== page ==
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Various strains of meningococcal bacteria cause a rare disease either by “blood poisoning” (septicaemia) and/or “meningitis” (infection of the membranes around the brain), both of which are potentially fatal.

Meningococci are transmitted by droplet aerosol or secretions from the nasopharynx of colonised persons. Close and prolonged contact – e.g. kissing, sneezing or coughing on someone, or living in close quarters, sharing eating/drinking utensils – facilitates the spread of the bacteria. The bacteria attach to and multiply on the mucosal cells of the nasopharynx. It is believed that 10–20 per cent of the population carries meningitis bacteria at any given time. In a small number (less than 1 per cent) of colonised persons, the organism penetrates the mucosal cells and enters the bloodstream causing disease as above.

Meningitis B* and ACWY vaccines are fully funded for NZ residents aged 13–25 years entering college accommodation.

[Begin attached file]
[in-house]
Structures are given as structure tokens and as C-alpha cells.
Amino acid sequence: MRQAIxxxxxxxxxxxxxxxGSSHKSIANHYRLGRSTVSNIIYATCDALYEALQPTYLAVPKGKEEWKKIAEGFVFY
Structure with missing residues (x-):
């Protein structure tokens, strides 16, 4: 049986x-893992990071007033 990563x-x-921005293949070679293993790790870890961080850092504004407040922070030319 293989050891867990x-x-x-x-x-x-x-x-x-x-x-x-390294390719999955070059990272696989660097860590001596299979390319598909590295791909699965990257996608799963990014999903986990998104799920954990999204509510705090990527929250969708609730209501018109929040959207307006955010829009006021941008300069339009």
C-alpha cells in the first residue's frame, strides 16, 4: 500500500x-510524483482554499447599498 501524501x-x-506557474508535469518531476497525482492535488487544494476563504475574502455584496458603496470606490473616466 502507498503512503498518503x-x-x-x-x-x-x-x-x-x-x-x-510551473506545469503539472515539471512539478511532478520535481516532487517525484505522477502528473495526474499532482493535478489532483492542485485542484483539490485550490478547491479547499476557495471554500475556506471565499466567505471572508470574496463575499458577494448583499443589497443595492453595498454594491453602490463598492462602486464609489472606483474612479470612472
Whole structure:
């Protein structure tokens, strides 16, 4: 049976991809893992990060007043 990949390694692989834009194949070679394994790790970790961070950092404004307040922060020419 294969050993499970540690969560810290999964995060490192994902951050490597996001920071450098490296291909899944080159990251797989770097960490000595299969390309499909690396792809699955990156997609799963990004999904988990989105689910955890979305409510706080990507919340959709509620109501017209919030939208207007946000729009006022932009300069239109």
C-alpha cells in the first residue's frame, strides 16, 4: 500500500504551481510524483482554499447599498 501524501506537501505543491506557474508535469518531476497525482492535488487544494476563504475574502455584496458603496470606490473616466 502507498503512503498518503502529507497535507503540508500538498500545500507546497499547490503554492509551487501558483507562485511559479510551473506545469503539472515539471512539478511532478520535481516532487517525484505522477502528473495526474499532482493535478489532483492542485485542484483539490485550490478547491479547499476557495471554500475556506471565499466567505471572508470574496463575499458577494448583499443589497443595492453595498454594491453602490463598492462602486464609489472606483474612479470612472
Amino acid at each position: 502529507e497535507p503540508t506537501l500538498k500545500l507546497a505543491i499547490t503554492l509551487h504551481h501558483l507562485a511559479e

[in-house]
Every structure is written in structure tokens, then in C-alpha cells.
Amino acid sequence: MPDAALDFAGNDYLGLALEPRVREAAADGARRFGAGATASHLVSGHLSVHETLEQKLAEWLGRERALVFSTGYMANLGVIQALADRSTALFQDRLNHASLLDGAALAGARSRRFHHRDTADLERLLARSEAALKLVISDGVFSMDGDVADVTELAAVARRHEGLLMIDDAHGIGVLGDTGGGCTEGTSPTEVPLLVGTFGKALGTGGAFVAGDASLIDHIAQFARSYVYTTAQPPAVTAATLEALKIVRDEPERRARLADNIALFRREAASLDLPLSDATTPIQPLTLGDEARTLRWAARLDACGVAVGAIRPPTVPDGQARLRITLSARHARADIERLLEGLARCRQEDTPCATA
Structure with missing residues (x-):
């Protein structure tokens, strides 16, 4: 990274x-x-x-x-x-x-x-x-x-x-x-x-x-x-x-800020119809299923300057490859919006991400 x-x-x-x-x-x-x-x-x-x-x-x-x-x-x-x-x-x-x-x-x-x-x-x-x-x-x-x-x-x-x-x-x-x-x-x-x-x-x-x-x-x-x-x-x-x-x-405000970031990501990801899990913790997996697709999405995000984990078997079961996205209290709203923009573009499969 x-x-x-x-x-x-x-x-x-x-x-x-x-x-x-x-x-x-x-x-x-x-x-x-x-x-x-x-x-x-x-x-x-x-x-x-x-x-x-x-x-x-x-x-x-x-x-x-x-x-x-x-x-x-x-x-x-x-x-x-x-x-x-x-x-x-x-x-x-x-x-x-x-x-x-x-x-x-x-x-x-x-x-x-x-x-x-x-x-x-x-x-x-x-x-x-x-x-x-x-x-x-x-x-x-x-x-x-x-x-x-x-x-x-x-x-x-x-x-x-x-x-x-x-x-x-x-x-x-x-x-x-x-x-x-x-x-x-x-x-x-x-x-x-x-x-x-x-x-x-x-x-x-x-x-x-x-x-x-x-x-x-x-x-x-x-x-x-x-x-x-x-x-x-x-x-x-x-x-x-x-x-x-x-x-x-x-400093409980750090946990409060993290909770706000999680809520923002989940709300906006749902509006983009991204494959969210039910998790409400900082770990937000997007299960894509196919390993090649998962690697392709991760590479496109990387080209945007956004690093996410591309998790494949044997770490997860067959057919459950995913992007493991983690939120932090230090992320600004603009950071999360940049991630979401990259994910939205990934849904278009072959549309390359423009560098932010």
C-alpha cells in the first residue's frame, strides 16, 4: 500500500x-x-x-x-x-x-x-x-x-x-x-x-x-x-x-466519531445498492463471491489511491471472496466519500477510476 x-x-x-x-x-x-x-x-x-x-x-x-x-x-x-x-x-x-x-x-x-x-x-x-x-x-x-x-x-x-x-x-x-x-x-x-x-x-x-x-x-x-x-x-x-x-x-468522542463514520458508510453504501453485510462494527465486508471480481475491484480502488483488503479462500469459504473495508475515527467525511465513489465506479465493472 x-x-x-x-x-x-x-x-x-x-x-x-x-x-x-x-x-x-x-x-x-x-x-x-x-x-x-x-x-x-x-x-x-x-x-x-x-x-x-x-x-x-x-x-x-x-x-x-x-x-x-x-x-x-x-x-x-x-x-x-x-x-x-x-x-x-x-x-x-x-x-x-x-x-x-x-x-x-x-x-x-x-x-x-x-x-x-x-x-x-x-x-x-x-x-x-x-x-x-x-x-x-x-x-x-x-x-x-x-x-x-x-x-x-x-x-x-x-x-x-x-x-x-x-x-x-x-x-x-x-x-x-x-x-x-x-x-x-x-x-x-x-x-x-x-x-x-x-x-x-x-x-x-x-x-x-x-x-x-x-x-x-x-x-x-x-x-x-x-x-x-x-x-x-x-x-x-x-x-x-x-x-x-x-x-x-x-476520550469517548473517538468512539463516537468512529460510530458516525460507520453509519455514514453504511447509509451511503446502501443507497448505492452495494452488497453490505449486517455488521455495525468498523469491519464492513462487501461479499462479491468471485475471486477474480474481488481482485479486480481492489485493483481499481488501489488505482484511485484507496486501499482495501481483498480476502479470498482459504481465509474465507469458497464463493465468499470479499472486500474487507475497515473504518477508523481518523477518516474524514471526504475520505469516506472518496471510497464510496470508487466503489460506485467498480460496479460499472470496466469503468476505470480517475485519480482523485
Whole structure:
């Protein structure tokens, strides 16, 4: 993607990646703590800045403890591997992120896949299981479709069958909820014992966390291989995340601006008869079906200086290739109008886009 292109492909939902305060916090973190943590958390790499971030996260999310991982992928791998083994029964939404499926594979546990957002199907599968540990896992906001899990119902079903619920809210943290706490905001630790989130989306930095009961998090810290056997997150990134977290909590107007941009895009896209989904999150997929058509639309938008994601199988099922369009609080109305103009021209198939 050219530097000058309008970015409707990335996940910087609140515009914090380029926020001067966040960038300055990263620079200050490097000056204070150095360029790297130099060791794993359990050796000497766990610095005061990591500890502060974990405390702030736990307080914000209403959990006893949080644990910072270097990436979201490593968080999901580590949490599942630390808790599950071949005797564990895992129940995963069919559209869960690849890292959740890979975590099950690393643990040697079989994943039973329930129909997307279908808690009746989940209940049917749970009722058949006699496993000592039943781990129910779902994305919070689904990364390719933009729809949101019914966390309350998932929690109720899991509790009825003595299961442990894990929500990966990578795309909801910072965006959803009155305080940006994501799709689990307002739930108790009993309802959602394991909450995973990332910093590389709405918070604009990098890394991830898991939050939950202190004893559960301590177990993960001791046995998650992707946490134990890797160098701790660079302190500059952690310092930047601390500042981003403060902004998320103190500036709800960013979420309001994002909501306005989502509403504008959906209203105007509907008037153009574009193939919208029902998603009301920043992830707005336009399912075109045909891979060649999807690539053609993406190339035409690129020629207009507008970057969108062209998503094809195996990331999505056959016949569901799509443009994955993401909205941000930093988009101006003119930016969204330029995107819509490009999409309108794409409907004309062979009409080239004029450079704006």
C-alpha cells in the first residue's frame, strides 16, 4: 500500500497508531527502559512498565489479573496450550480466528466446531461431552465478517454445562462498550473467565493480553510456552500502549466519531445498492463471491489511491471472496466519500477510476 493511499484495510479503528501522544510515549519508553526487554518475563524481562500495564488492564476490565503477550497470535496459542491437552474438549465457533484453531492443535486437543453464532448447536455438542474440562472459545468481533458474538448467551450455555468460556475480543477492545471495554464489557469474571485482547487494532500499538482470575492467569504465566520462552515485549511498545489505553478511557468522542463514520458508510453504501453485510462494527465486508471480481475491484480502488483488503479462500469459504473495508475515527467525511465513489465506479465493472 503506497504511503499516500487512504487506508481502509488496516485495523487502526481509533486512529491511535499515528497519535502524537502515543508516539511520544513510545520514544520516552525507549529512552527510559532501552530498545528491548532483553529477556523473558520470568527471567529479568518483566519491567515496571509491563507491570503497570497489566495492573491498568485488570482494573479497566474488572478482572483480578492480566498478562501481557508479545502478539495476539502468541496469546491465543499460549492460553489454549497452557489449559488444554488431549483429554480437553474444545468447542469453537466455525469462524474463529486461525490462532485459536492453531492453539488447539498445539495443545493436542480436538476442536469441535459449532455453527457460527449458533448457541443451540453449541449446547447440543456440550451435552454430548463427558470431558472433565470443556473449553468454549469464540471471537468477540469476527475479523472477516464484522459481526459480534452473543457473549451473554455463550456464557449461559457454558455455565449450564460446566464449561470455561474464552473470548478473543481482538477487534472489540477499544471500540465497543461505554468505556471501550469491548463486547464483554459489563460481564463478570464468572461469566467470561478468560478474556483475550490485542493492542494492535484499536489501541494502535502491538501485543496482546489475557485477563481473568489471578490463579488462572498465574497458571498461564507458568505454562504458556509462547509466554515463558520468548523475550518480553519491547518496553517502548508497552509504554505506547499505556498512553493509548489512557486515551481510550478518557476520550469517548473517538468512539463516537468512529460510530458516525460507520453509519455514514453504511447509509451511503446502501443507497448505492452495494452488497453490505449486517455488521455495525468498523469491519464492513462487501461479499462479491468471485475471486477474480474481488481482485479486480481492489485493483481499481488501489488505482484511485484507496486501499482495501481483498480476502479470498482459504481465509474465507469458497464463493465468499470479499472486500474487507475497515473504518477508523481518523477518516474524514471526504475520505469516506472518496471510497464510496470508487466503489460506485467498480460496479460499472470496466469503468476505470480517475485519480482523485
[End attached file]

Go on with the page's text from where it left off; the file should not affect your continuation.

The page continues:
* also fully funded for those students already in college accomodation until 28/2/2024

We strongly recommend all students, particularly those living in residential colleges, be vaccinated against meningococcal disease before coming to Dunedin. Historically, there are at least one or two cases among students at the University of Otago annually. Vaccination will provide very good levels of protection but unfortunately there is not a single vaccine that covers all meningitis strains.

Three injections are required to provide optimal protection against current circulating strains of meningococcal disease: two of the meningitis B vaccine, which are usually  eight weeks apart, and one of the meningitis ACWY vaccine.

For information regarding meningococcal disease and vaccines available, visit:

Meningococcal disease (including meningitis), Ministry of Health website

No vaccine is ever 100 per cent guaranteed to protect against disease. It is important that people who have symptoms suggestive of meningococcal disease or are seriously ill access medical care as soon as possible. Friends and flatmates should be ready to look after each other and know how to access urgent health care.

For more information about vaccine charges:

How much does it cost at Student Health?

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